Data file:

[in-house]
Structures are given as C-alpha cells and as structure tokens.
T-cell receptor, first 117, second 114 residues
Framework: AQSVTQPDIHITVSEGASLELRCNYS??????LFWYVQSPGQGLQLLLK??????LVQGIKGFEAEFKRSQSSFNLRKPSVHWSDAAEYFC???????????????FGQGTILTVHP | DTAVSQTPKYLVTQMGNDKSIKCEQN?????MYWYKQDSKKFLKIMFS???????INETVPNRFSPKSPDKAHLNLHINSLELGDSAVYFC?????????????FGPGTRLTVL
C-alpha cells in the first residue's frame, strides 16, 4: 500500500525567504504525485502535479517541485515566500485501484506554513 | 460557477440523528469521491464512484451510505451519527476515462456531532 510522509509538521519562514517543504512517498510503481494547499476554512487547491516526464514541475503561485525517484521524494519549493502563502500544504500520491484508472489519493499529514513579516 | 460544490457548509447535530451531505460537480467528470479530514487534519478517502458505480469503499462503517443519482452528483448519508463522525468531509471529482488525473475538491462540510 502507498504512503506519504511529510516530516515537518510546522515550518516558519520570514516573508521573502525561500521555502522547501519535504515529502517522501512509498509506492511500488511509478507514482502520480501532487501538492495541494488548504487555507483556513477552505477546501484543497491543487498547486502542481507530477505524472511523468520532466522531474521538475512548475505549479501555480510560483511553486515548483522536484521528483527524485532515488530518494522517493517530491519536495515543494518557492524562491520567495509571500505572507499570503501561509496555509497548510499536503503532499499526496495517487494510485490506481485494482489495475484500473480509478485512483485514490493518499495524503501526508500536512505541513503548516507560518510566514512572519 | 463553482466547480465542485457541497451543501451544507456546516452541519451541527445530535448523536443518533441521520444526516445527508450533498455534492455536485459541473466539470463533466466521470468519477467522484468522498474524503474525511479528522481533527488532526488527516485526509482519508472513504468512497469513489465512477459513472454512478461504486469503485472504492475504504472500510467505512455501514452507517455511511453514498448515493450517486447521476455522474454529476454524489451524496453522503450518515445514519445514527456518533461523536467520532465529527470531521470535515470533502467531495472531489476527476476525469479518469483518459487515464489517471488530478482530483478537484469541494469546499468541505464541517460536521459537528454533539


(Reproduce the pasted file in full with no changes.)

[in-house]
Structures are given as C-alpha cells and as structure tokens.
T-cell receptor, first 117, second 114 residues
Framework: AQSVTQPDIHITVSEGASLELRCNYS??????LFWYVQSPGQGLQLLLK??????LVQGIKGFEAEFKRSQSSFNLRKPSVHWSDAAEYFC???????????????FGQGTILTVHP | DTAVSQTPKYLVTQMGNDKSIKCEQN?????MYWYKQDSKKFLKIMFS???????INETVPNRFSPKSPDKAHLNLHINSLELGDSAVYFC?????????????FGPGTRLTVL
C-alpha cells in the first residue's frame, strides 16, 4: 500500500525567504504525485502535479517541485515566500485501484506554513 | 460557477440523528469521491464512484451510505451519527476515462456531532 510522509509538521519562514517543504512517498510503481494547499476554512487547491516526464514541475503561485525517484521524494519549493502563502500544504500520491484508472489519493499529514513579516 | 460544490457548509447535530451531505460537480467528470479530514487534519478517502458505480469503499462503517443519482452528483448519508463522525468531509471529482488525473475538491462540510 502507498504512503506519504511529510516530516515537518510546522515550518516558519520570514516573508521573502525561500521555502522547501519535504515529502517522501512509498509506492511500488511509478507514482502520480501532487501538492495541494488548504487555507483556513477552505477546501484543497491543487498547486502542481507530477505524472511523468520532466522531474521538475512548475505549479501555480510560483511553486515548483522536484521528483527524485532515488530518494522517493517530491519536495515543494518557492524562491520567495509571500505572507499570503501561509496555509497548510499536503503532499499526496495517487494510485490506481485494482489495475484500473480509478485512483485514490493518499495524503501526508500536512505541513503548516507560518510566514512572519 | 463553482466547480465542485457541497451543501451544507456546516452541519451541527445530535448523536443518533441521520444526516445527508450533498455534492455536485459541473466539470463533466466521470468519477467522484468522498474524503474525511479528522481533527488532526488527516485526509482519508472513504468512497469513489465512477459513472454512478461504486469503485472504492475504504472500510467505512455501514452507517455511511453514498448515493450517486447521476455522474454529476454524489451524496453522503450518515445514519445514527456518533461523536467520532465529527470531521470535515470533502467531495472531489476527476476525469479518469483518459487515464489517471488530478482530483478537484469541494469546499468541505464541517460536521459537528454533539